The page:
Perhaps the best contribution of this book is how the Driscoll's turned a marriage on the rocks into a marriage on the Rock - built on the solid foundation that is our Lord and Savior Jesus Christ through repentance and faith. Too many partners have the "grass is greener on the other side" mentality. The Driscoll's demonstrate that all things are possible with God's guidance and wisdom and especially with Christ at the center of a marriage. Mark states this very important truth, "There are no loving marriages apart from repentance and forgiveness. Marriage either gets bitter or better." They show how a difficult and broken marriage can be repaired, restored, resurrected, renewed, and rejuvenated by the amazing grace of God through the Lord Jesus Christ. The good news is that it's never to late to repent and change with God's help.
I would hesitate to recommend this book to just anyone. Mark and Grace's style may be too open, vulnerable, and transparent for some people. Also, some of their advise is definitely in the extra/non-biblical category. You will encounter the "reality" of marriage from "real" people who are seeking to do things God's way for the long haul. If you are "old school" and squeamish about frank talk on sex - I would encourage you to just skip chapter 10. I am grateful that they are willing to be authentic and transparent in addressing issues in such a sexualized culture as ours - especially in a church (Mars Hill) with so many young people asking the questions they are addressing. Whether you agree with what they say in chapter 10 or not - it's important that you read this in contextually in light of the whole book.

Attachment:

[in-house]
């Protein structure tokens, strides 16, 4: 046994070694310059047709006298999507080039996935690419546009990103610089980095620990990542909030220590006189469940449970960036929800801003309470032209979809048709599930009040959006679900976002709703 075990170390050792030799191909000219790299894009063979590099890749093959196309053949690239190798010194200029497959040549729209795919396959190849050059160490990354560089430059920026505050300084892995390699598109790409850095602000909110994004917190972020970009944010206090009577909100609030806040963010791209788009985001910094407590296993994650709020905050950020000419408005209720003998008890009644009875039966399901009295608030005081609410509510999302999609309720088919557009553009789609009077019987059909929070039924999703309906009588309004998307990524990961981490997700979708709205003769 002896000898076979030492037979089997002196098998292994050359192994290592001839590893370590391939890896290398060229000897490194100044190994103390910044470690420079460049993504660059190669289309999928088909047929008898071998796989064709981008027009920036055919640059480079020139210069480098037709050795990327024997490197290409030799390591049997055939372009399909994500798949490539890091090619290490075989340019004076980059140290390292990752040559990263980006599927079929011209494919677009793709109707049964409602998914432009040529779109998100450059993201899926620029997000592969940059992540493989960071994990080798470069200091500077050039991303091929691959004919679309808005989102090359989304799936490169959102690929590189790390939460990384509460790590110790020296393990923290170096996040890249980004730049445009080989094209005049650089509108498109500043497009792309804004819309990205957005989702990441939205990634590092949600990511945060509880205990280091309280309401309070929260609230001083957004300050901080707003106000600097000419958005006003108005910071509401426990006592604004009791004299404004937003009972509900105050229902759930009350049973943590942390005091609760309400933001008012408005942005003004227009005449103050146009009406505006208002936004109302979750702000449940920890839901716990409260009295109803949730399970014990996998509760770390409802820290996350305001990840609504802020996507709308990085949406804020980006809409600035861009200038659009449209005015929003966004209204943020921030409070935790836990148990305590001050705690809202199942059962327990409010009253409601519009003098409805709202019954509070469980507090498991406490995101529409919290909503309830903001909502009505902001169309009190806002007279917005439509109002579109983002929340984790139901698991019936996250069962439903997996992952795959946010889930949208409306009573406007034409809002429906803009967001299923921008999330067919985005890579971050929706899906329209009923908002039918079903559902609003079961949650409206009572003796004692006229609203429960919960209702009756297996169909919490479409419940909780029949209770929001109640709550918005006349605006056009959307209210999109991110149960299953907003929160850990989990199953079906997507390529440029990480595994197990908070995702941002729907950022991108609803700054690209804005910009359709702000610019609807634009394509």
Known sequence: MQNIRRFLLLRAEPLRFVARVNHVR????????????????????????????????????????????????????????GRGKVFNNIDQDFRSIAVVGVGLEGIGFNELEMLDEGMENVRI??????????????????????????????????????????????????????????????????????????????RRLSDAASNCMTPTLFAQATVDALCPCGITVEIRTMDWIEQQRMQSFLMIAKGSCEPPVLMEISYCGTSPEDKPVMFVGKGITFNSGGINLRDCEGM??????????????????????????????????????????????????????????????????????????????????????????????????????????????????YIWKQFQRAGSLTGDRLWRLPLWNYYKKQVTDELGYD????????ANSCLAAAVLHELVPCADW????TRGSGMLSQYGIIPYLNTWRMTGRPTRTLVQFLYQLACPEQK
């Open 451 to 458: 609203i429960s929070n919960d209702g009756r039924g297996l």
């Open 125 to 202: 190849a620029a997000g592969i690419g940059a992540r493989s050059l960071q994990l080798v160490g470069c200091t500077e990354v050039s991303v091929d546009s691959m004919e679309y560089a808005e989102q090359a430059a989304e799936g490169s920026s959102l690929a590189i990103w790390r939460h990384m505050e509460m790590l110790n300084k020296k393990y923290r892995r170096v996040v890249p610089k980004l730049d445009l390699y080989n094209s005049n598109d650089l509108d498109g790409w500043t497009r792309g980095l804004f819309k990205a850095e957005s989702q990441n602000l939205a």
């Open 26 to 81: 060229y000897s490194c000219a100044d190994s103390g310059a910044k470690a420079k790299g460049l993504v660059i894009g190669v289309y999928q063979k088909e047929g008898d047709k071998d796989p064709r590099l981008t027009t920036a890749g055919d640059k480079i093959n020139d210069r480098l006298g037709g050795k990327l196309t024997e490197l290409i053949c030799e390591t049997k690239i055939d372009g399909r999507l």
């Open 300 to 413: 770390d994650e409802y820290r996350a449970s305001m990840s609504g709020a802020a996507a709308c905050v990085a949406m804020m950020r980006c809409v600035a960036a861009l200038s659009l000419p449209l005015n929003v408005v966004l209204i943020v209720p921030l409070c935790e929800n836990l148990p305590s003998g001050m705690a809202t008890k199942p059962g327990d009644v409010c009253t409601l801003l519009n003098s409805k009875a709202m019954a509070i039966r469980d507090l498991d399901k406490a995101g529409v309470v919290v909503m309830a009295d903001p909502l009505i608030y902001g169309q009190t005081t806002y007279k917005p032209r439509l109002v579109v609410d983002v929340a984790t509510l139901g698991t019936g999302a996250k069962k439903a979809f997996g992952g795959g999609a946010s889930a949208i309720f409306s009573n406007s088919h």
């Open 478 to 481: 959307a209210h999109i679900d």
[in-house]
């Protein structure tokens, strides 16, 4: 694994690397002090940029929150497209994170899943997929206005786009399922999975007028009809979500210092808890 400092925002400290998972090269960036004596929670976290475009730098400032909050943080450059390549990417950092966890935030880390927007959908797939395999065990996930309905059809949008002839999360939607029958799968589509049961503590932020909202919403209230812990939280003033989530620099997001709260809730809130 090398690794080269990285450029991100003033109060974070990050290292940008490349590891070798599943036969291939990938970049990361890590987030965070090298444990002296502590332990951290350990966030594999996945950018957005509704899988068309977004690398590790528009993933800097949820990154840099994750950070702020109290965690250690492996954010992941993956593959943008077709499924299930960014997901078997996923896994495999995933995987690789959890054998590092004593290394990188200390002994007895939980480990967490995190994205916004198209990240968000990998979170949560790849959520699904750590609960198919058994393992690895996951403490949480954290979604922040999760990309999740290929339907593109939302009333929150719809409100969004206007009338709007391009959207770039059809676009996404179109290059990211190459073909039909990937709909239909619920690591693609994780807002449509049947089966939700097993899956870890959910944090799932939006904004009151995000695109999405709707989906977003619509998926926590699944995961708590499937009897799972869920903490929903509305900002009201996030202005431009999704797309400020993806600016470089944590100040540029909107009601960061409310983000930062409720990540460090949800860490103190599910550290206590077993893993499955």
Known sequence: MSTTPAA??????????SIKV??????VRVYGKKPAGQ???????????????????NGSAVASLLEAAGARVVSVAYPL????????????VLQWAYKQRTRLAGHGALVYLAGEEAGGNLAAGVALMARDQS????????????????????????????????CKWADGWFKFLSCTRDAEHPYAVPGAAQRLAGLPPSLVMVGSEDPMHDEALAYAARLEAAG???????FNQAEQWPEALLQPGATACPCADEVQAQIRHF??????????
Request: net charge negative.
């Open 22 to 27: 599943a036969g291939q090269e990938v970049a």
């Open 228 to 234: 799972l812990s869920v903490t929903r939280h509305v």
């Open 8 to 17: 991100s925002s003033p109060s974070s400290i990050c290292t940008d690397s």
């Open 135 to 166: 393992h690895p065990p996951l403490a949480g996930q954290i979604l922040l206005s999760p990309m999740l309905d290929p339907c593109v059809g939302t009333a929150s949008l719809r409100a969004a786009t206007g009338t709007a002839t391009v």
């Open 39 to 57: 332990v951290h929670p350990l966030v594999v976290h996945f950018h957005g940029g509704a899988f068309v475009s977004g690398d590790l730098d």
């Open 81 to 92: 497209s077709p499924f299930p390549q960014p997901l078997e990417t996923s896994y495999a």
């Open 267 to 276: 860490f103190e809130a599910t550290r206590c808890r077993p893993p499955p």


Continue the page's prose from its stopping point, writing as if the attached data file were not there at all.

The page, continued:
If you are a pastor, counselor, or life coach and reading this review I would advise that you read the book first and prayerfully decide whether you would recommend it or not. I will use some its contents in my own marriage and in helping others - again there is a lot of helpful material in this book - many practical applications. There are some things that I agree wholeheartedly with, and others that I do not. I would encourage you also to read Tim Challies' review on his blog, and Albert Mohler's review on his blog to see some specific warnings and examples of why this book needs to be taken with a "grain of salt" - as they say.